My City and Me – Spotlight on: Tascha

My City and Me header logo
17th August 2020

It’s now been two months since we launched My City and Me – a project that gives young Londoners a creative platform to tell their Covid-19 stories. We have also joined forces with the Mayor’s Fund to Advance New York to connect NYC and London youth and share experiences of the pandemic.

We have seen some incredible artwork over on our content page so far, as well as over on the DocumentarNYC platform. So, to find out a bit more about our young creatives, we spoke to Tascha about what motivated her to sign up to the project and explain the meaning behind her most recent artwork.

Name: Tascha
Age: 24
Home town: Camden

Tascha My City and Me blog post

How has Covid-19 affected you?

“I am currently working one job, having lost two permanently and the rest are somewhat uncertain. Therefore my income is considerably less than my anticipated income over the past few months. In terms of my other commitments, the youth collectives I normally attend are either inactive or offering digital alternatives, both of which are frustrating and make me feel as though I am not developing my career at this point.”

Why did you decide to take part in My City and Me?

“I really wanted to have my voice heard and use this time to contribute creatively to this end. I have already been thinking about how I can respond to this situation through my blog and my own youth collective Assemblage and speak for other young people in the creative industry, who are in a similar position to me. I think it’s vital that we present the position of young people at this time, whose voices are being lost in this necessary but incredibly disruptive time. This is the perfect opportunity to share our stories creatively so other young people don’t feel so alone.”

My City and Me blog post Tascha artwork


Why did you choose to make this piece?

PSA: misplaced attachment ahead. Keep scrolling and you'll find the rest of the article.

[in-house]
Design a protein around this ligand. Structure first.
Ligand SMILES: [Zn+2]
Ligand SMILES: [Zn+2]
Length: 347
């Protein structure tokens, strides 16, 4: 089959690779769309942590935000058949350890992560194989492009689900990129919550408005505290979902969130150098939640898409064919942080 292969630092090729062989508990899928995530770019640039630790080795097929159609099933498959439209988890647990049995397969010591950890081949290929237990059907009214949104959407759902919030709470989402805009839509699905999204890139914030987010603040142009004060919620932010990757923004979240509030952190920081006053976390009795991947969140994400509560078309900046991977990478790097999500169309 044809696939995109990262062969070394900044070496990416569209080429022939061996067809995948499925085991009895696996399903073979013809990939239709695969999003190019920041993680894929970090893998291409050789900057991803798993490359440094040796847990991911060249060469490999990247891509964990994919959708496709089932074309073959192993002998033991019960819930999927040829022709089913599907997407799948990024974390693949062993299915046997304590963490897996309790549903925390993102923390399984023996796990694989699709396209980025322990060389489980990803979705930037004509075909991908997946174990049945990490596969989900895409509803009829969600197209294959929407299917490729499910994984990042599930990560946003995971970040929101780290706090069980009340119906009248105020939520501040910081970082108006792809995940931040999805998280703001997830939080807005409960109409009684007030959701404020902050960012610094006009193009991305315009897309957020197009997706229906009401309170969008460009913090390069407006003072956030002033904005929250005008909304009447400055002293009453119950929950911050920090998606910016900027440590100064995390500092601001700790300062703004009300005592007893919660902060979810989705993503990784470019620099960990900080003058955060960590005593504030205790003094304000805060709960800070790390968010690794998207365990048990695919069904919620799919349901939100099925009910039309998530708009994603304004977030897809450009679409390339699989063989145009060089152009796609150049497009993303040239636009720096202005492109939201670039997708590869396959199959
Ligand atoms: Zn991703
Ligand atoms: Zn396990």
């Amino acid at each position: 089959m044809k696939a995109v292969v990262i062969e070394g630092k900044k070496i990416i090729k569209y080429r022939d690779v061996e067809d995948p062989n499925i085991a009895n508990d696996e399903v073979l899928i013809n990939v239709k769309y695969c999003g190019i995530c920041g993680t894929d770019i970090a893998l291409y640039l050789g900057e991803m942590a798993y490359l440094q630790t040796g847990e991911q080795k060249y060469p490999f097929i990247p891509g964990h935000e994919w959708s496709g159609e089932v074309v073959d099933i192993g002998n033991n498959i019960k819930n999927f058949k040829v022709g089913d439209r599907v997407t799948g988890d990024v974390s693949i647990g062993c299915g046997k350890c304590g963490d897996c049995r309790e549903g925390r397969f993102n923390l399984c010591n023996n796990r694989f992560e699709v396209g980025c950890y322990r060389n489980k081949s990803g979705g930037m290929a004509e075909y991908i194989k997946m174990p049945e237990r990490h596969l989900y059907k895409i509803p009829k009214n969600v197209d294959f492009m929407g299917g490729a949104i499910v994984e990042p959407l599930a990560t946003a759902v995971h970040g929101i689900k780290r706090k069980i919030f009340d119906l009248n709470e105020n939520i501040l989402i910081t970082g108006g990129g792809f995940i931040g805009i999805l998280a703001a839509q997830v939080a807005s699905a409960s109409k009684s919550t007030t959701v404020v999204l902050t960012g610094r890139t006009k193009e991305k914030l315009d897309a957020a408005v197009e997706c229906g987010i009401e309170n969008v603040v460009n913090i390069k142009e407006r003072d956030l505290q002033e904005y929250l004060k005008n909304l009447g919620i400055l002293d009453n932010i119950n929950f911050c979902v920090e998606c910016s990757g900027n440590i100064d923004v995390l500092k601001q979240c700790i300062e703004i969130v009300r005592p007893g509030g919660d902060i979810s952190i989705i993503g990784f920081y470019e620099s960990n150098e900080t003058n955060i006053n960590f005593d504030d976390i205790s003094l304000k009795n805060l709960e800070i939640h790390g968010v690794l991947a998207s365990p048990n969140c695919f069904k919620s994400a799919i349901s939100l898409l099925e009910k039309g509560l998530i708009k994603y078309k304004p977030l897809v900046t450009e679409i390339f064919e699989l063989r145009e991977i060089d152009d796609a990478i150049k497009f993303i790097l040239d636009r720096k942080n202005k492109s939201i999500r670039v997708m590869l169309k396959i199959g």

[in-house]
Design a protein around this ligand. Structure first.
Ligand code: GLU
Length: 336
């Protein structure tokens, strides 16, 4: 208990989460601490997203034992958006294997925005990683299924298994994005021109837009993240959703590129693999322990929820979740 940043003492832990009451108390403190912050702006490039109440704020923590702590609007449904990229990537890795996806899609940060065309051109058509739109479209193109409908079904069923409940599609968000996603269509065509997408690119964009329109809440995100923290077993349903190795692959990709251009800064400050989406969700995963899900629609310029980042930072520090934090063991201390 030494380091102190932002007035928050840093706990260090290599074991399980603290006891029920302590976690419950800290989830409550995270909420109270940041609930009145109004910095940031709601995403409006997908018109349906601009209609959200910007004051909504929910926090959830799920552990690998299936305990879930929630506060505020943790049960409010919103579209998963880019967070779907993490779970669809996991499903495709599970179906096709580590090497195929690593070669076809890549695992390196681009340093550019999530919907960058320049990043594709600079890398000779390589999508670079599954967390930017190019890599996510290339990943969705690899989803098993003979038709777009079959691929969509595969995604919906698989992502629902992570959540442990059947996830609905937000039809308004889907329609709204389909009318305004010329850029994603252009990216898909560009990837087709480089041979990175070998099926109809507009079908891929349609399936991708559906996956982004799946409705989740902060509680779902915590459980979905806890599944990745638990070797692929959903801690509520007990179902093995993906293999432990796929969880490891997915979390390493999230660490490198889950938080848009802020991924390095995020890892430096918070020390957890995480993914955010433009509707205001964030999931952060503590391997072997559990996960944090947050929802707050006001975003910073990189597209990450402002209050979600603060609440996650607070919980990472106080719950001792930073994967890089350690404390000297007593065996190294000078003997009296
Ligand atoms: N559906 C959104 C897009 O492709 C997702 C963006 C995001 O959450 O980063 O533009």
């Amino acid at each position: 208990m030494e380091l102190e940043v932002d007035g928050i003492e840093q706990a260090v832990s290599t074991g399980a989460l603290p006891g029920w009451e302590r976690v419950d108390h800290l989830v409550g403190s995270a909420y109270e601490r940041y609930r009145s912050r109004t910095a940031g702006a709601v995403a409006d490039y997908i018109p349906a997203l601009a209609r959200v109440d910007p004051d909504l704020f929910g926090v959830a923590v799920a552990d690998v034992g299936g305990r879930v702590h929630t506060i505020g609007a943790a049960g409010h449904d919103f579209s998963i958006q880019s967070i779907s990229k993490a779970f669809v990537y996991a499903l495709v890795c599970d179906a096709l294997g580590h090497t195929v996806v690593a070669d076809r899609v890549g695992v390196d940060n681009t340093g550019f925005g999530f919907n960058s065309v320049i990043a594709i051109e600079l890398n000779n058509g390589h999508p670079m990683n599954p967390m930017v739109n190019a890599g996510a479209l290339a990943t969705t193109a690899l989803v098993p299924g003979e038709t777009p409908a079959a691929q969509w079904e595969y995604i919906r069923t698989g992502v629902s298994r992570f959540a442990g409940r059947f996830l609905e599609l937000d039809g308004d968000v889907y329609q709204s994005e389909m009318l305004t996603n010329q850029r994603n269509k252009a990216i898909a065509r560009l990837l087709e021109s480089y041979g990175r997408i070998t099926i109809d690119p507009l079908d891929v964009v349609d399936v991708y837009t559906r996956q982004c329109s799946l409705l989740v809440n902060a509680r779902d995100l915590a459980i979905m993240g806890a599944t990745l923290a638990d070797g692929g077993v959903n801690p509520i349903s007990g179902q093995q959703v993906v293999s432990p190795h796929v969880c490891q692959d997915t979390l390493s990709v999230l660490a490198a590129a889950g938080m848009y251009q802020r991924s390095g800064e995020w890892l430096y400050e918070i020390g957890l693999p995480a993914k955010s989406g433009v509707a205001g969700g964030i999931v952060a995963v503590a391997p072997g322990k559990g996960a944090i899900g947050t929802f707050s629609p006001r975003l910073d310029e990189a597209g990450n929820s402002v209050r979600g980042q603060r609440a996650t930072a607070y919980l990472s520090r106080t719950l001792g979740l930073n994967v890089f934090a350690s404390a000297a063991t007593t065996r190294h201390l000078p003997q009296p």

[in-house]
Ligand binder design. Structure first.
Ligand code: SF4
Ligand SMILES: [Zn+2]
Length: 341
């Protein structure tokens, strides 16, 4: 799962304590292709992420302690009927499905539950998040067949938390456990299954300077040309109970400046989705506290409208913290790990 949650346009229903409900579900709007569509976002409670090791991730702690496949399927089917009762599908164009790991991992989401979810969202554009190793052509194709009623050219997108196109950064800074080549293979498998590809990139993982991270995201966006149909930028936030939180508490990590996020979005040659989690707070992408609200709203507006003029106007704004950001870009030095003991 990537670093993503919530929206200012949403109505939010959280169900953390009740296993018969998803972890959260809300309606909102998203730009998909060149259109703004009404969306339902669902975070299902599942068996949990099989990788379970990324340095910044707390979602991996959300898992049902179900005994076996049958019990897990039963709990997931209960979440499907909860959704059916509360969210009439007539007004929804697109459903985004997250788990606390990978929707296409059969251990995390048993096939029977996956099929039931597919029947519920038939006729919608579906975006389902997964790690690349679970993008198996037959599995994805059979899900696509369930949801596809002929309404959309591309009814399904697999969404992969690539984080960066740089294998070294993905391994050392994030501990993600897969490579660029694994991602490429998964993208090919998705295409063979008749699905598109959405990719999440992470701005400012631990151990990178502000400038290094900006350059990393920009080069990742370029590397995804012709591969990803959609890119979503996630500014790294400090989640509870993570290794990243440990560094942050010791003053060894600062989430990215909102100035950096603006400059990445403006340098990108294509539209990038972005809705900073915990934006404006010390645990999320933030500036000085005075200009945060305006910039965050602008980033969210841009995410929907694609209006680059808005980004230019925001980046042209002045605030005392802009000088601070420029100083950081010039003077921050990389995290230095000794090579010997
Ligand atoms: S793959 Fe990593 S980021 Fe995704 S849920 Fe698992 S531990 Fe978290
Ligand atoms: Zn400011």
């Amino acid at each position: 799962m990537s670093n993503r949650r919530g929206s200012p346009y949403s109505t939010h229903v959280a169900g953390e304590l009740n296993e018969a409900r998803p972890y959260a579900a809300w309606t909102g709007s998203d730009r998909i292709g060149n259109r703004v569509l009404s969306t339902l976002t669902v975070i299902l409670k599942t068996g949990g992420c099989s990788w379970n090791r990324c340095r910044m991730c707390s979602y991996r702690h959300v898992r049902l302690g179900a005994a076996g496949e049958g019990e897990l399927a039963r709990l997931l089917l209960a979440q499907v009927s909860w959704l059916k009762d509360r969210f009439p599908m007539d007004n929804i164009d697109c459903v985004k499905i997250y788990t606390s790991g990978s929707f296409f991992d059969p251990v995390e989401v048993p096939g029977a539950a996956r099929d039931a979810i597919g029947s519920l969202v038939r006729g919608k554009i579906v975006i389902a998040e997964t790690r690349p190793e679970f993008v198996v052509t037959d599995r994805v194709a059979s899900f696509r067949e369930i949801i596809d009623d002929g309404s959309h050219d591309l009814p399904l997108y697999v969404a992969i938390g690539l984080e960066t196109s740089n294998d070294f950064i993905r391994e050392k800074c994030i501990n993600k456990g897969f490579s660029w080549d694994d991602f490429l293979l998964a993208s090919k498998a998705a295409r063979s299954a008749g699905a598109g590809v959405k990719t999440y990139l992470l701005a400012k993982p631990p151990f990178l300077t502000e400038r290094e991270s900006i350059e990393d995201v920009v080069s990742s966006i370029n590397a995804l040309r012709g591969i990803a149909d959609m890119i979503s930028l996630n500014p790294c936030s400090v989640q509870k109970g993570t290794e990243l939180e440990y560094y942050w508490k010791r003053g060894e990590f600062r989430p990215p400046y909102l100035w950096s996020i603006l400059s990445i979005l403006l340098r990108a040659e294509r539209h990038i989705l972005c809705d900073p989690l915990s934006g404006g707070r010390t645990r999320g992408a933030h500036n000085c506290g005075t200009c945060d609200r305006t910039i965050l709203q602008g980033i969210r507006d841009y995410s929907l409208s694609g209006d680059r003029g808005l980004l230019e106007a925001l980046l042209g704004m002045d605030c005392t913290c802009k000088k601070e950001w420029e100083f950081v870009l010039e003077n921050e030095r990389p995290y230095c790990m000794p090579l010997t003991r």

“This response is a collage composed of old exhibition guides that I came across whilst sorting. This spoke to me as a specific lockdown experience in a number of ways. For one, the fact that tidying brought this work about because I, and many others I’m sure, have used this time to declutter and reflect on what we actually need. Secondly, as an avid exhibition goer who considers museums a fundamental part of my being, looking over these exhibition guides was a nostalgic and slightly bittersweet encounter. Thirdly, I not only visit the V&A but work there on a zero-hours basis and, as many of my roles before lockdown were visitor-facing, I have lost a lot of work. Having spent so much time there and in so many different capacities, my inability to go felt particularly strange.

Over lockdown, I have created a lot of collage. It is a medium that requires only what you have lying around the house which is, in my case, plentiful. It is a means of reflecting on past experiences, of giving value to what has passed by uniting remnants into something whole that has a new identity quite apart from those memories you may associate with each individual cut-out piece.”


This project is supported by our incredible funders, Berkeley Foundation and Citi Foundation. With thanks to our friends at Media Trust.